Log in

Turkish Bank Sale Drags Citi's Net Down 12 Percent

NEW YORK (AP) - Citigroup's net income fell 12 percent in the second quarter partly due to a loss on the sale of its stake in a Turkish lender. The income of $2.9 billion was still better than analysts were expecting. Citi is one of the largest international banks in the world and its results are often seen as a gauge of how the global economy is doing. Investors are particularly concerned about recent signs of a slowdown in China and India, two large markets for Citi. Citi's consumer banking business in Asia and Latin American barely declined by less than one percent.

Lebanese bank to double investment in Turkey

Odea Bank, the Turkish unit of the Lebanese Bank Audi, will increase its capital from $300 million to at least $600 million, said the bank’s General Manager Hüseyin Özkaya, according to Hürriyet. Noting that the establishment preparation continues at full steam, Özkaya said, “We are going through a very serious test phase. We test everything – the system, preparations, everything once again. All these [works] necessitate investment. There are indications from the investor that the investment will be constant. We have shared all our works particularly with the group chief executive officer Samir Hanna. The investor has promised us that the amount of capital or funds that we want will be provided. We may at least double the current $300 million. We are talking about $1 billion investment here,” he said.

Turkish Investors in Uganda for Business Forum

Over 200 Turkish businessmen are to participate in a four-day business forum starting today in Kampala. The forum aims at linking the buyer to the original seller or the manufacturer of Turkish products.  The secretary general of Uganda Turkish Business Association, Lokman Ginar, explained that more Ugandan businessmen have been conned by middlemen.
 

Rise of the Turkey, India, Mexico, Brazil and Indonesia (TIMBI)

ImageBy Jack A. Goldstone (Foreing Policy) - Forget the BRICs. The real economies that will shake up the world over the next few decades need a new acronym. Nov. 30 marked the 10th anniversary of Goldman Sachs economist Jim O'Neill's anointing of the BRIC economies -- Brazil, Russia, India, and China -- as the future leaders of the global economy. Yet 10 years on, the notion of the BRICs already seems out of date. In China and Russia, demographic patterns have shifted. Their working-age populations are declining, as are exports, while still-rigid political systems stifle free thought and hamper technical advance.

In Turkey's Last Armenian Village, a Place to Get Away From it All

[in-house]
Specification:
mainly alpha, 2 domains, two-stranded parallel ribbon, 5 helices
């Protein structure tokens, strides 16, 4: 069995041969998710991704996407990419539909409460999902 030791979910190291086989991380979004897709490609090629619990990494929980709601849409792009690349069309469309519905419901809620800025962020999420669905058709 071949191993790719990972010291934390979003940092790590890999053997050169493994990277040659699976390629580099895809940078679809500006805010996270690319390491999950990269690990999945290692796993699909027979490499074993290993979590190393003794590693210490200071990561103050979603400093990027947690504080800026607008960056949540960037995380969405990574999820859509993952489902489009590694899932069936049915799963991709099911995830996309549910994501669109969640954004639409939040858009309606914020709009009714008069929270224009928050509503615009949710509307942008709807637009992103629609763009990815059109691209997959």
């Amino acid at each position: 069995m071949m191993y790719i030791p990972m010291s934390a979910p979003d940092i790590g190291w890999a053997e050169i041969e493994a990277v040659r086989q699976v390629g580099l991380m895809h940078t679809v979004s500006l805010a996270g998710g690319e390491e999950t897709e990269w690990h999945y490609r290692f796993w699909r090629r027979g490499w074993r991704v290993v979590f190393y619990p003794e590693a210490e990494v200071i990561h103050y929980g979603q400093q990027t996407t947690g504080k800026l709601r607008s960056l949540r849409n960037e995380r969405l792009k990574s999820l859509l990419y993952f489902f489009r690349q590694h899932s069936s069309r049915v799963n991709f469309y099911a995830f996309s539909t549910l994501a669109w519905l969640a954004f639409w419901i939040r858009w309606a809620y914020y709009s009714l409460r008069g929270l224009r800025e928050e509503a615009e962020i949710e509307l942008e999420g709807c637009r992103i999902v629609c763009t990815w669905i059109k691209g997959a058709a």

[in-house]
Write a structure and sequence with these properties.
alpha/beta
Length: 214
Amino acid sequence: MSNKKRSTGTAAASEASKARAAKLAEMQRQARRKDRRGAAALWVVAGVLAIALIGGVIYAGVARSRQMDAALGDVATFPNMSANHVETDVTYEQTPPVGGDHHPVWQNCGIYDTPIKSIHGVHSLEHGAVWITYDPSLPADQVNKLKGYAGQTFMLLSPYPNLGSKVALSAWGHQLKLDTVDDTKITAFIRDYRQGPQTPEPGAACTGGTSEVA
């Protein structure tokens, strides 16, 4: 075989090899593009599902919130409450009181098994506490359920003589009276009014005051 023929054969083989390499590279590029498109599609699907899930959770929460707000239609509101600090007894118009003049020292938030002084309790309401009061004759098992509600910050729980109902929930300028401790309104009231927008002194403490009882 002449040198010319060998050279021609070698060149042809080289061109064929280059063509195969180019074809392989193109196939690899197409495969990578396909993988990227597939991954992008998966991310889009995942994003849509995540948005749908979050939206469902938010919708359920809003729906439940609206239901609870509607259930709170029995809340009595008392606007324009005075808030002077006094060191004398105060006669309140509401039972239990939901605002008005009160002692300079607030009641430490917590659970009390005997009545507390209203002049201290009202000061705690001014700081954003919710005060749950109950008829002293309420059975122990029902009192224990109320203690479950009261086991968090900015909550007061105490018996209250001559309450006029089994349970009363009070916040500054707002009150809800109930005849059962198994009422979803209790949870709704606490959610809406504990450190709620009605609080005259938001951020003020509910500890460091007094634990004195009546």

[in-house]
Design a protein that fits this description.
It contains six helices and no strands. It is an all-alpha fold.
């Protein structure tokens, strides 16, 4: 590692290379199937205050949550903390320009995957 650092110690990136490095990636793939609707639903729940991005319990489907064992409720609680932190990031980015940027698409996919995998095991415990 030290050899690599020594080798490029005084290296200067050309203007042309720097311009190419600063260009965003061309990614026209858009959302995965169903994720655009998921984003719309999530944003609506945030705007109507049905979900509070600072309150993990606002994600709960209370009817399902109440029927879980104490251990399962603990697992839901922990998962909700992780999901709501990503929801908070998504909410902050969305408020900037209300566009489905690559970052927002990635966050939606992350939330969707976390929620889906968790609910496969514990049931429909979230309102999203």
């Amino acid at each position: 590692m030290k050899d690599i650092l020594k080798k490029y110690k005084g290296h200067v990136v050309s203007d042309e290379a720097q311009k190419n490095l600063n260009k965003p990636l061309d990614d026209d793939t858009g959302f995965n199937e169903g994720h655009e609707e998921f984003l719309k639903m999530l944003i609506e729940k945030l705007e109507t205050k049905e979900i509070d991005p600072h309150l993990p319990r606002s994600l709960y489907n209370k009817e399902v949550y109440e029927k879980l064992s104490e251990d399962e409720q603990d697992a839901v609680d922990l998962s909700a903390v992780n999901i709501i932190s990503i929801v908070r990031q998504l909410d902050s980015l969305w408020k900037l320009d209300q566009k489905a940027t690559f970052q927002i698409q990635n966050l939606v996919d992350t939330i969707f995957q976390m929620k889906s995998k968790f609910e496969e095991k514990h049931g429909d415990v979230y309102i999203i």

Image By Matthew Brunwasser -  For the Geo Quiz we are looking for a province in southern Turkey about the size of Delaware. The province used to be part of Syria once, but was ceded to Turkey in 1939. It is an ethically diverse province and even includes a village with a 100 percent ethnic Armenian population. The capital of the province is the city of Antakya. Hatay is the answer to the Geo Quiz. Hatay is home to the only village in Turkey that is populated solely by ethnic Armenians considering that most ethnic Armenians, in what was then the Ottoman empire, fled or were killed or ethnically cleansed in 1915.

Turkey, Azerbaijan Sign Deal for Pipeline Project

ISTANBUL -(MarketWatch)- Turkey and Azerbaijan signed a deal Monday for the construction of a new joint gas pipeline project, the Trans Anadolu pipeline, which will stretch from Turkey's eastern border to its western border, with the aim of exporting Azerbaijani natural gas to Europe. The deal was signed by Turkish Energy Minister Taner Yildiz and Azerbaijan's industry and energy minister, Natiq Aliyev.

Meeting Boosts US Renewable Energy Exposure to Turkish Firms

Image Representatives of a prominent US trade delegation consisting of senior representatives of the US renewable energy sector as well as various US government officials and financial companies enjoyed a final gala dinner on Thursday evening sponsored by the Turkish-American Business Association (TABA). Energy consumption in Turkey is expected to grow 5-7 percent per year through 2023 and is forecasted to require over $100 billion in power generation transmission and distribution investment. Renewables will make up an increasingly large part of the pie, with a 30 percent target for the same year

Turkey's October Trade Deficit $8bn, Below Forecast

Image ISTANBUL: Turkey's trade deficit widened 26 percent year-on-year in October to $7.98 billion, data showed on Wednesday, less than a forecast deficit of $8.3, trade deficit rose 63.5 percent to $90.18 billion from $55.17 billion in the same period of last year. The pace of yearly growth of Turkish imports declined to 15.1 percent from its peak of 48.7 percent in February while the pace of yearly growth of Turkish exports stood at 8.9 percent from its peak of 32 percent in August.
Subscribe to this RSS feed